U.S. government’s expenses questioned
NEW YORK (Reuters) – Among the government’s expenditures
for hurricane relief last month was $223,000 for flip-flop
sandals, three golf carts rented for $1,500 a month and playing
cards, The New York Times reported on Saturday.
The newspaper, basing its report on information provided by
the Federal Emergency Management Administration and other
federal agencies, said that most of the government’s estimated
$150 billion bill for Hurricanes Katrina and Rita was for
disaster aid checks to thousands of victims and gargantuan
contracts for debris removal and housing.
But hordes of government workers armed with government
credit cards descended upon the region, making a vast number of
smaller purchases and often paying retail or even higher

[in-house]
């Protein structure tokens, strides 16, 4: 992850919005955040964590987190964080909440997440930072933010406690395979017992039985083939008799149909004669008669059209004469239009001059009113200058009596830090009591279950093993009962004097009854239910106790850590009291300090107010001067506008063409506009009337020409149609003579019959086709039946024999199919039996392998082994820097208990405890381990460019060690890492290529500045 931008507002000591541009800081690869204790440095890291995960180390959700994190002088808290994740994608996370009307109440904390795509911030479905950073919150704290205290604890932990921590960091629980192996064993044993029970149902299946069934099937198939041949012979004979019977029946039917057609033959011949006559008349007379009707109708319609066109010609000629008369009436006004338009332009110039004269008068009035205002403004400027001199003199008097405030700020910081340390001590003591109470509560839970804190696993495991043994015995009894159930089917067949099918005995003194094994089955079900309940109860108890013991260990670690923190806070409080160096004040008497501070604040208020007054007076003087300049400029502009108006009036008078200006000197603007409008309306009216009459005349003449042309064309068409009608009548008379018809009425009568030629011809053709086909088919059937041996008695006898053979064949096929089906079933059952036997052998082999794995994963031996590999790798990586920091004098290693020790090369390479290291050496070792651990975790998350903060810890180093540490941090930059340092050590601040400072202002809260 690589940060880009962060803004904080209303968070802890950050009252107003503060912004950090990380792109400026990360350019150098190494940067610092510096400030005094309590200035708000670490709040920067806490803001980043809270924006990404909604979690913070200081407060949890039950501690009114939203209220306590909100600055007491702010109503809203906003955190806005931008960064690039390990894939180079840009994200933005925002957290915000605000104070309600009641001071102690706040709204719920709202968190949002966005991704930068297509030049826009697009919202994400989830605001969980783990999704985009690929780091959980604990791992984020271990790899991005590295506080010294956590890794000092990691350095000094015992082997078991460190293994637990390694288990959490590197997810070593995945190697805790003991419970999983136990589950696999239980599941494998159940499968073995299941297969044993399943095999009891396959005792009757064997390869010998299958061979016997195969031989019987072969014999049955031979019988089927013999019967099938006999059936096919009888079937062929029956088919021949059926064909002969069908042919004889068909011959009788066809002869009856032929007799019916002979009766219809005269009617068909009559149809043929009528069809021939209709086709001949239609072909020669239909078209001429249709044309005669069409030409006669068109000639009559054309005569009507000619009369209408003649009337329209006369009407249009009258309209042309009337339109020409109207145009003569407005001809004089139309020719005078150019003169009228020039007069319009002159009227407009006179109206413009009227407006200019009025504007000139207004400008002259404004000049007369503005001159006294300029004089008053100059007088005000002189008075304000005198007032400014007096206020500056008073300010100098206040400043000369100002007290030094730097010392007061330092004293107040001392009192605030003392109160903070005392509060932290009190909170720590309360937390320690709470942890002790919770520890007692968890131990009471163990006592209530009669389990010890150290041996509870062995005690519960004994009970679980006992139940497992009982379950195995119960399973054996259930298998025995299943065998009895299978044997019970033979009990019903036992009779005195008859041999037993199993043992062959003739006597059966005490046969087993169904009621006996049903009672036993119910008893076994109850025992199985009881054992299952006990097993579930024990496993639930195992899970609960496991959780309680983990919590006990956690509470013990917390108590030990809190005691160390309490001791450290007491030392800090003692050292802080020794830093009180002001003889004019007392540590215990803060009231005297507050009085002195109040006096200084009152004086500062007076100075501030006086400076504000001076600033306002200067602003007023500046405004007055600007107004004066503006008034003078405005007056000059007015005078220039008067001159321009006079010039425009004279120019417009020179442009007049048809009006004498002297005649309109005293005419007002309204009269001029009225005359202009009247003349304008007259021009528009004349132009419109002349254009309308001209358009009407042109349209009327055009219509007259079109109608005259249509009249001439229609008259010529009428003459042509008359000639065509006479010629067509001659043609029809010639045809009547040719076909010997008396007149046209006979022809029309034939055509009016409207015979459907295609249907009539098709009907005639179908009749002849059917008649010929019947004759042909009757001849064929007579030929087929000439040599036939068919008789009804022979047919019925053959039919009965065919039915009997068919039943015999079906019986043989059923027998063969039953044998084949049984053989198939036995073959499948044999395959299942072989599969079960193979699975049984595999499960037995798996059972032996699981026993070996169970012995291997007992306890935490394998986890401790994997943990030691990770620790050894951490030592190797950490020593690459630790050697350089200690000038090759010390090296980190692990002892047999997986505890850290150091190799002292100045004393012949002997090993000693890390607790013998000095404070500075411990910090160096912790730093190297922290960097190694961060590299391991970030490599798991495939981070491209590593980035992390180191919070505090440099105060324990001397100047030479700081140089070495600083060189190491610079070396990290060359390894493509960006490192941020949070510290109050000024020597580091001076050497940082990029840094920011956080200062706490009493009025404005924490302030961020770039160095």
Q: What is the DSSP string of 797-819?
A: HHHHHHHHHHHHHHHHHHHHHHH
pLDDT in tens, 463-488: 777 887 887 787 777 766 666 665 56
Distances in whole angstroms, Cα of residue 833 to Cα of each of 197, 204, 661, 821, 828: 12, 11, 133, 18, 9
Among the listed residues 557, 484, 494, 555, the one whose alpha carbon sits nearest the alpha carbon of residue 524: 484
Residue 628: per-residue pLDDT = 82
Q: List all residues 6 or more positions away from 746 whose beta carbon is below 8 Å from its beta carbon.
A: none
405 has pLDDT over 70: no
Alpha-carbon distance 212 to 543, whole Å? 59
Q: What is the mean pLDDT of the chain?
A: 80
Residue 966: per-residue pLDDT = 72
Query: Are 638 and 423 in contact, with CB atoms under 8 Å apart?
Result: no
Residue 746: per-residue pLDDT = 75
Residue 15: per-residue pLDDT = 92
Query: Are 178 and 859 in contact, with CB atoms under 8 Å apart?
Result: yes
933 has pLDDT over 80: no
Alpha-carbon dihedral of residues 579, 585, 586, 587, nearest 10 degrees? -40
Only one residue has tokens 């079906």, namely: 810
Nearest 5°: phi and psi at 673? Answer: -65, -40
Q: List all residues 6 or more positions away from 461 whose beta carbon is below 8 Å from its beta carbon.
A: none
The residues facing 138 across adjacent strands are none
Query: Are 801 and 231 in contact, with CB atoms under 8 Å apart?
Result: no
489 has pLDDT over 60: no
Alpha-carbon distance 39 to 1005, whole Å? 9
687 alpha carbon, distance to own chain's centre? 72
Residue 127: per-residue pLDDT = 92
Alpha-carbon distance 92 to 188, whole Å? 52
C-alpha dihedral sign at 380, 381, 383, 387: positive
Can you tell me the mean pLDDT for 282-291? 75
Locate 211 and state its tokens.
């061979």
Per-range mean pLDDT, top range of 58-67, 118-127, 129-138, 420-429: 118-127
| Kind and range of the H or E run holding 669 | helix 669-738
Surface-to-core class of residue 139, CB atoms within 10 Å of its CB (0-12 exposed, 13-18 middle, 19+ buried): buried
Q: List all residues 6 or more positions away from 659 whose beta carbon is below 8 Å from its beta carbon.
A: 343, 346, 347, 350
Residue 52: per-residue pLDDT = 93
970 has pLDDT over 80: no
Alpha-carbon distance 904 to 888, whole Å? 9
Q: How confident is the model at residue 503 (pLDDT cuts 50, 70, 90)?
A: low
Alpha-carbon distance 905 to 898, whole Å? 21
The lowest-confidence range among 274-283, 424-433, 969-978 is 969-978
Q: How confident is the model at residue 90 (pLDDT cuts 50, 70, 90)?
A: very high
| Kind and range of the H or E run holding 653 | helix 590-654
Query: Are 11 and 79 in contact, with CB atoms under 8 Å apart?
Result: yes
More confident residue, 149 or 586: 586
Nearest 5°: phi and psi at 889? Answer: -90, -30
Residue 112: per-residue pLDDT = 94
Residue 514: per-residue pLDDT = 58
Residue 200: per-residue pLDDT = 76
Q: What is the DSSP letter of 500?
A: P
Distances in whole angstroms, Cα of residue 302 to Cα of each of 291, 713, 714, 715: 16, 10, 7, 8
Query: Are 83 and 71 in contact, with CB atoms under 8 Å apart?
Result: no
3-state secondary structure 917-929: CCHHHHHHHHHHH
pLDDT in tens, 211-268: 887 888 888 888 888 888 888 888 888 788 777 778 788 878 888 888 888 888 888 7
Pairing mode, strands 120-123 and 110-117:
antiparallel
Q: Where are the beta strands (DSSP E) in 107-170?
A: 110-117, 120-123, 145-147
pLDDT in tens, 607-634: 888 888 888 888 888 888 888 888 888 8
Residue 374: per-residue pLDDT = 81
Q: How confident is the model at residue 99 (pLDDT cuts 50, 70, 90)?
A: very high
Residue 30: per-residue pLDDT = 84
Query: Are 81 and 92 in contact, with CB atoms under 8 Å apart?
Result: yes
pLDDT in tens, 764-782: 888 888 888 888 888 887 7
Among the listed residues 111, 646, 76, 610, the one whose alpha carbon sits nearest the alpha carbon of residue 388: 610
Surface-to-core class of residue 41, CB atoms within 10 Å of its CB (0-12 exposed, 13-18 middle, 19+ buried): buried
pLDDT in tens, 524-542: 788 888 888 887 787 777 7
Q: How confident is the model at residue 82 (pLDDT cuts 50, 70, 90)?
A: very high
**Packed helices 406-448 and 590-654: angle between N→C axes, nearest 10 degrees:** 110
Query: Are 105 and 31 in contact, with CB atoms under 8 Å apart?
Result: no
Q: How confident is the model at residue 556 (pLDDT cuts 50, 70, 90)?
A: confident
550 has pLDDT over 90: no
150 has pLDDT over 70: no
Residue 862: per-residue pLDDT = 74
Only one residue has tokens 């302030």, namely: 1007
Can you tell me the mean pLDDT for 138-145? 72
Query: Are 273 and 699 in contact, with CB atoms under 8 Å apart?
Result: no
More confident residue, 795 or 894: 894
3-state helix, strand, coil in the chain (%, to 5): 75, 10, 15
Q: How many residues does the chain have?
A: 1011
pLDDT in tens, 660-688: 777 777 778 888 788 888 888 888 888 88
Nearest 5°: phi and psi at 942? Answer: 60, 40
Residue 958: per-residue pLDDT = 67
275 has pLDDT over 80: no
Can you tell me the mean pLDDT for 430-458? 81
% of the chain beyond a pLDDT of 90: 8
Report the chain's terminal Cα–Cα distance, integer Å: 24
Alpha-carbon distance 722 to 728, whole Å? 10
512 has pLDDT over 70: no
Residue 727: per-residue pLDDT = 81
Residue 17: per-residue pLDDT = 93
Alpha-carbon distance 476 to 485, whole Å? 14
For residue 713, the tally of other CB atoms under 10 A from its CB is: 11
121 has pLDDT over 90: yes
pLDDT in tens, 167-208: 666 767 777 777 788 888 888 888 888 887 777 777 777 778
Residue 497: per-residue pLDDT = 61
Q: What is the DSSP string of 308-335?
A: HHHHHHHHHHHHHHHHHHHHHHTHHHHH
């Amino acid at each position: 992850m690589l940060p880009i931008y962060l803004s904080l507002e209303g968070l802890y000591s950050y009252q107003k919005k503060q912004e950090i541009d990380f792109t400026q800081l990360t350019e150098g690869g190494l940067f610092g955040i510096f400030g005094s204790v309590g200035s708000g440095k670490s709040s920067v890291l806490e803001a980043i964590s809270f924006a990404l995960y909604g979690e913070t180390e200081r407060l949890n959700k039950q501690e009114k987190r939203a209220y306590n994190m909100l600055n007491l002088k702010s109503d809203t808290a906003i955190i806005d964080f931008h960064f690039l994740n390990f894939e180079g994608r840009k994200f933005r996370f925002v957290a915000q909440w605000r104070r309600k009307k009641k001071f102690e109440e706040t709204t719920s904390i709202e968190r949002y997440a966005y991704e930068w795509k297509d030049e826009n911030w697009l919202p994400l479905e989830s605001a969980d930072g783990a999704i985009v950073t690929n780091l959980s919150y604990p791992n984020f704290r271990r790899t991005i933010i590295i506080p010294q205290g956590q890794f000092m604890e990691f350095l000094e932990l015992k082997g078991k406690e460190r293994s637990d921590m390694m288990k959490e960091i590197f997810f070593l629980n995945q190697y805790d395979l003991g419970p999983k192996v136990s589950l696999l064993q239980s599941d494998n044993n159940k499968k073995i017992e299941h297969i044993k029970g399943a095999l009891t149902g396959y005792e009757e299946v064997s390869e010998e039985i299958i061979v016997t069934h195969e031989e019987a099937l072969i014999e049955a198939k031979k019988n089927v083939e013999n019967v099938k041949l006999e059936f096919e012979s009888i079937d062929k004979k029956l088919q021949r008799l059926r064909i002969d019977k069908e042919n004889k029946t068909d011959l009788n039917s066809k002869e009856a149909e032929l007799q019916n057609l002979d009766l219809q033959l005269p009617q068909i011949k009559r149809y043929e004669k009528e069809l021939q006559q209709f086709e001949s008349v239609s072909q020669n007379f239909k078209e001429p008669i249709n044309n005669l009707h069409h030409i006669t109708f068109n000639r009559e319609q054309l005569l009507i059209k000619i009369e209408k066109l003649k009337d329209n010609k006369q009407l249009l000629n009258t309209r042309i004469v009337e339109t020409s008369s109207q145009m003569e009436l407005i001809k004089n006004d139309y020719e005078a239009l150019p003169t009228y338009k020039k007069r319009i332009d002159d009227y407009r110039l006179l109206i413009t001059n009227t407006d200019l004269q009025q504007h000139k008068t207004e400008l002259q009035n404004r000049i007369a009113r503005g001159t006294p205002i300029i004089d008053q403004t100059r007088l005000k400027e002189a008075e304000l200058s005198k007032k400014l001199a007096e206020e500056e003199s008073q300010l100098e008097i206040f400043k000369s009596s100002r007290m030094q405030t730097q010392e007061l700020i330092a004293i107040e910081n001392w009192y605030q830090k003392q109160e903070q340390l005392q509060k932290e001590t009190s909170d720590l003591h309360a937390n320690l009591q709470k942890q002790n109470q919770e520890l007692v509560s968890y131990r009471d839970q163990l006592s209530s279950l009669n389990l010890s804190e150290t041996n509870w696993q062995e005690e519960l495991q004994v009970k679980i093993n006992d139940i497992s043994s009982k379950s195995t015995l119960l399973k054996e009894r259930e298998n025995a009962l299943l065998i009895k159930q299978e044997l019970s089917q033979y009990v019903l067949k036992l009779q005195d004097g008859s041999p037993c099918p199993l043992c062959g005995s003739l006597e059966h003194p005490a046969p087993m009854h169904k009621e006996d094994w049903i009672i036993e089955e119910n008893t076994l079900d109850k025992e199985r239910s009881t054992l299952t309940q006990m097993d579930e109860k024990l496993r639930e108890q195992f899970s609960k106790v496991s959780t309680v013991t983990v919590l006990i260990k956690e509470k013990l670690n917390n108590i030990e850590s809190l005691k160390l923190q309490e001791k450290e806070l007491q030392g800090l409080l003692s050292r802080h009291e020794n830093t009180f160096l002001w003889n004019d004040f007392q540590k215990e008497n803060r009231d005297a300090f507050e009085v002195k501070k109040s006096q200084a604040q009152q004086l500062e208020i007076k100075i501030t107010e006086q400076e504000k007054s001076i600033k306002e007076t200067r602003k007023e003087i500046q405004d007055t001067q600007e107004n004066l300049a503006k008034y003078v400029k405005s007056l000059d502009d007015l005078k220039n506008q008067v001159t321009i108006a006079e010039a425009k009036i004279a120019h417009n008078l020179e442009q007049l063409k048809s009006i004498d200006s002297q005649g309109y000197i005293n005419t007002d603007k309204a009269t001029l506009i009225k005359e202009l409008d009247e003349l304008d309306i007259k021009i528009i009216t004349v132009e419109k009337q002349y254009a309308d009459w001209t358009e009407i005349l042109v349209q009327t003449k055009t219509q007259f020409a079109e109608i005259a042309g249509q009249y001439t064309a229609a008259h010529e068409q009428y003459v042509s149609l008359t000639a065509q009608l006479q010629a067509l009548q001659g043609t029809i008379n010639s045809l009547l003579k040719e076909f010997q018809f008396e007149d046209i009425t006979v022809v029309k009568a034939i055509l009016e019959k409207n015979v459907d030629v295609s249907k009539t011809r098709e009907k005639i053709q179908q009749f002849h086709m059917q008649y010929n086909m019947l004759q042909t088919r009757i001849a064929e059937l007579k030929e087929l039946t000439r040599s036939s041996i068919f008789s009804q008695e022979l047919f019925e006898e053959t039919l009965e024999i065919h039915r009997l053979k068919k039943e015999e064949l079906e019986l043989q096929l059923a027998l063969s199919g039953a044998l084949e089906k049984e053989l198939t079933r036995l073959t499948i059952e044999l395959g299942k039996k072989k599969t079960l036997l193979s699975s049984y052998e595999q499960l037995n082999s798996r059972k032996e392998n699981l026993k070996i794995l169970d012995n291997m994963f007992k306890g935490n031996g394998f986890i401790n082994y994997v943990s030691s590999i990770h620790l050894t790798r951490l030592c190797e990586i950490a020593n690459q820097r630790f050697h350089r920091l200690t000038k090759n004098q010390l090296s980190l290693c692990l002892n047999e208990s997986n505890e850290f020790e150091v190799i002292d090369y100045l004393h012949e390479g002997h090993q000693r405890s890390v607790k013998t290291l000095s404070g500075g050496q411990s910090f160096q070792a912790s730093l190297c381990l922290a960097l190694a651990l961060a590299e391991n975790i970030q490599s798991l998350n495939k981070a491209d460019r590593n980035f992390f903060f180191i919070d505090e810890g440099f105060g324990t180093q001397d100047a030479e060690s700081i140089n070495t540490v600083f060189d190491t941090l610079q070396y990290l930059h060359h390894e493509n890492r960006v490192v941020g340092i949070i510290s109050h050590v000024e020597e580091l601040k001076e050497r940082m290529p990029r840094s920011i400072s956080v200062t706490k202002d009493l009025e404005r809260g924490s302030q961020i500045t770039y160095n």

prices, the Times said.
Among the charges: $66,632.37 for a single sale at a
Wal-Mart store in La Place, La.; $129,568.40 spent in 195 trips
to Home Depot outlets by FEMA workers, with a least one case of
a transaction that appeared to have been split up to avoid a
cap of $250,000 on credit card purchases.
The records also provide no way of knowing whether the
items bought were necessary or even used, the newspaper said.
But purchases such as the EPA’s buy of more than $2,000
worth of CamelBak backpack water containers, instead of regular
plastic bottles, raised questions about a federal spending
Other high expenses included a portable shower unit with 24
shower heads, supported by water trucks and a six-member team
to keep it open 24 hours a day, which ended up costing $8,000
to $10,000 a day.
Several Congress members said they would scrutinize
purchases made with government-paid credit cards, the Times
“If something is wrong, it is like locking the barn door
after the horse is stolen,” it quoted Sen. Charles Grassley, an
Iowa Republican who is chairman of the Finance Committee as
saying. “But we are still going to pursue it. I want to know
what they bought with the money.”